Plus I am in need of something for less than lethal situations. Particularly with inebriates and sundry punks who aren't presenting a deadly threat but are nevertheless prone to pawing at people and making threats. Last week for example there was a very drunk man in the passenger side of a truck who was glaring at me. If he'd gotten out and charged me *armed* I had hand on revolver already and could have killed him. But *UNarmed* is another matter. I don't relish the idea of a wrestling match with some drunk maniac. People can get their heads and necks broke that way and whether it's me or him that's not what I want. And again as far as sprays that day there was a brutal north wind. Guess what direction he would have been coming from.
    Last edited: Mar 5, 2011
  9. lemaymiami

    lemaymiami Well-Known Member

    In my previous post I focused on baton training without looking at it from another angle.

    I've been told, and seen it demonstrated, that one of the best defenses against aggressive dogs is one developed by postal workers. While on foot they can stop any attacking dog with a simple umbrella, the "pop open" type. In use they stand their ground and only pop open the umbrella when the dog is closing in. The sudden opening of something like that will startle most dogs and get them headed the other way. It should be a simple matter to keep a small telescoping umbrella with your bike....

    Against drunks, you're on your own...
  10. Fred Fuller

    Fred Fuller Moderator Emeritus

    "While on foot they can stop any attacking dog with a simple umbrella, the "pop open" type."

    That's a common element in temperament tests for guardian breed and some other working dogs. Any aggressive response from the dog toward the umbrella operator is restrained by the owner or handler if necessary. TTs take place with the dog on leash and the owner/handler prepared to control the dog's response. With Filas (the breed I'm most familiar with in temperament tests) an aggressive response against what the dog perceives as a threat against its owner/handler is pretty much expected.


    Reaction to Visual Stimulus
    Objective: To measure the dog's reaction to a sudden visual stimulus.

    Subtest 5: Umbrella
    The handler/dog team approaches an assistant sitting in a chair holding a closed umbrella parallel to the ground at a 90 degree angle to the approaching team. When the dog is five feet from the assistant, the umbrella is opened. The handler may encourage the dog to investigate the umbrella only when asked to do so. The handler's focus must be on the umbrella, not on the dog.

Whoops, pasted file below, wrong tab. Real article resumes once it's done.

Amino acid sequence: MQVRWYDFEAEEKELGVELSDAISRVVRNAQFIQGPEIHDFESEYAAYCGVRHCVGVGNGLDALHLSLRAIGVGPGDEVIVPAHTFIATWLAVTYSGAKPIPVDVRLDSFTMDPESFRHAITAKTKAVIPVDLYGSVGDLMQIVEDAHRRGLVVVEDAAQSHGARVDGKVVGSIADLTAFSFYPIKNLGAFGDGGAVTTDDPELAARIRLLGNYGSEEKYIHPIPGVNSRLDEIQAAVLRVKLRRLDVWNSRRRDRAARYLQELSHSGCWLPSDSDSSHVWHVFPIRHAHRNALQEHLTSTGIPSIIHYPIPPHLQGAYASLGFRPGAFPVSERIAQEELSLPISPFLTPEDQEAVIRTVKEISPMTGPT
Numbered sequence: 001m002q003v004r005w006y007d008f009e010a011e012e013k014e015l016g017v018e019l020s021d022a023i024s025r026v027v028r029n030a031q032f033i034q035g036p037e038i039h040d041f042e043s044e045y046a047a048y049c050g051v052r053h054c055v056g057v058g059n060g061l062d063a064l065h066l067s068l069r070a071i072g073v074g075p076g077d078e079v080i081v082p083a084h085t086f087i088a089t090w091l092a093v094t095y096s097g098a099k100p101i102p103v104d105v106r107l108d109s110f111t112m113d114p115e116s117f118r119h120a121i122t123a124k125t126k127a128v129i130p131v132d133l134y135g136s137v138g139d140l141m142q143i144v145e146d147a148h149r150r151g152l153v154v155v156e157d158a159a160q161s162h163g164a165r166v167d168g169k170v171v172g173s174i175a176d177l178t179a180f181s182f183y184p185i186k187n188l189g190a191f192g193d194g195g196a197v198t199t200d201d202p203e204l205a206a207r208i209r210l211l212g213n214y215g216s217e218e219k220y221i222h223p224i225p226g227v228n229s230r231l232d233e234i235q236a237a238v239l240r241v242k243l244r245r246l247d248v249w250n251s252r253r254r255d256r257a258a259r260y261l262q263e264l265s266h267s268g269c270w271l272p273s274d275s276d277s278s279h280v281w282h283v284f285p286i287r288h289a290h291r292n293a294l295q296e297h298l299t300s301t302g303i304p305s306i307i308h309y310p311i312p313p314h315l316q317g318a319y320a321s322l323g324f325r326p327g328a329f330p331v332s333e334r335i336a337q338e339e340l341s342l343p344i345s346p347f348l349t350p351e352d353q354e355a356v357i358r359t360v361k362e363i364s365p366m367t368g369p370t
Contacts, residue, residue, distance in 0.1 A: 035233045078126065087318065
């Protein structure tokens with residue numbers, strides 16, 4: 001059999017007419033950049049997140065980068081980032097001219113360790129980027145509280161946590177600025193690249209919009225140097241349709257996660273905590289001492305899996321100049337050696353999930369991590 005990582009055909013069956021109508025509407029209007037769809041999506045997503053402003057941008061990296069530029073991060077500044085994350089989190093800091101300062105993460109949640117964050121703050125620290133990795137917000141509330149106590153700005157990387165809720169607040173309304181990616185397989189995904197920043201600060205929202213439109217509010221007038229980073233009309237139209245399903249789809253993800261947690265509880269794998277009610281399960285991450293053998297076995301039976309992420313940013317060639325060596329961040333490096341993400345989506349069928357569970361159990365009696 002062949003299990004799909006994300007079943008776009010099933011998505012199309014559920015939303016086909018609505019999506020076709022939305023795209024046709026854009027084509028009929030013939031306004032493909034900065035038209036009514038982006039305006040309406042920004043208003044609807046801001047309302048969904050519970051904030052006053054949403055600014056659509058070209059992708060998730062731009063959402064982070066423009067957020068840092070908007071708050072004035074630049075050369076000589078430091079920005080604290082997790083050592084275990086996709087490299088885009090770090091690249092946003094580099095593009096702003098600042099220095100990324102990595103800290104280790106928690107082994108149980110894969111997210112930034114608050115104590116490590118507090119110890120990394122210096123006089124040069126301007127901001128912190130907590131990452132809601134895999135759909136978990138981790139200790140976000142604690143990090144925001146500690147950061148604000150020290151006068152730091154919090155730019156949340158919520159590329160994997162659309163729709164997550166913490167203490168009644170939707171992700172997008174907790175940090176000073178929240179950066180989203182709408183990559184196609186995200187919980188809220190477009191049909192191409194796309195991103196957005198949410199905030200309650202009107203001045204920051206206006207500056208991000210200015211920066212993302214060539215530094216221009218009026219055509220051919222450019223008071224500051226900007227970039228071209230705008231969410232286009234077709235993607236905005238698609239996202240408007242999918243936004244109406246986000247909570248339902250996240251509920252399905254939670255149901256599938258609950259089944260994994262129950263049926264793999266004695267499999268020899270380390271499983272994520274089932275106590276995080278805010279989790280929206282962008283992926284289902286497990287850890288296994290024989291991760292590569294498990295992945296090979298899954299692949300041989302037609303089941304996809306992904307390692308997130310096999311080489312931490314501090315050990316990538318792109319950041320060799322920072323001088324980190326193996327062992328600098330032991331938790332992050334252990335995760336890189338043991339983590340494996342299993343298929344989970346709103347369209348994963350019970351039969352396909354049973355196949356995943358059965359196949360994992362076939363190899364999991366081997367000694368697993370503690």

-- http://www.atts.org/testdesc.html
  11. hso

    hso Moderator Staff Member

    I'd check with a dog trainer before betting my butt, or ankles, on that. If you're dealing with ankle biters I'd set the encounter to occur on my own terms and conditions of my choosing and use bear spray to "condition" Fido to stay away. Do this a couple of times and you're far more likely to have the dogs view you as a noxious object to be avoided.
  12. Cosmoline

    Cosmoline Well-Known Member

    Well if he doesn't go back then I've got the stick. Spraying towards a person who isn't doing anything more than failing to control her dogs doesn't seem like a very good option to me. Spray that misses the dog and hits the owner means I do jail time and/or get sued. It's a messy tool, too prone to indiscriminate particulate drift. I've got some of course but testing it didn't impress me at all. It's difficult to get the thing into position, difficult to aim and gets on my fingers.
  13. CWL

    CWL Well-Known Member

    Purely dog control?

    That is an instance where a CS Sjambok may be useful. If you want to use it while mounted (biking), you may want to cut it down a bit so it'll be easier to wield.
  14. hso

    hso Moderator Staff Member


    Think of it as more of a training tool for the dog than a defensive tool for you. You have to set up the situation to train the dog not to come after you and that means you need to intentionally have it in hand/ready for use on a day that the wind isn't going to be a problem. You might consider it a moving ambush of the dog, but it is just aversion training.

    Have you thought about talking to the owner of each of these critters and asking them if they'd help you train the dog not to chase/bite bicyclists?

    Also, what sort of "impression" is knocking out the eye of some dog going to make on the owner? You are not going to have a lot of control and you are going to whack Fido in the mellon as you try to avoid them. How does that compare to seasoning the critter with pepper spray?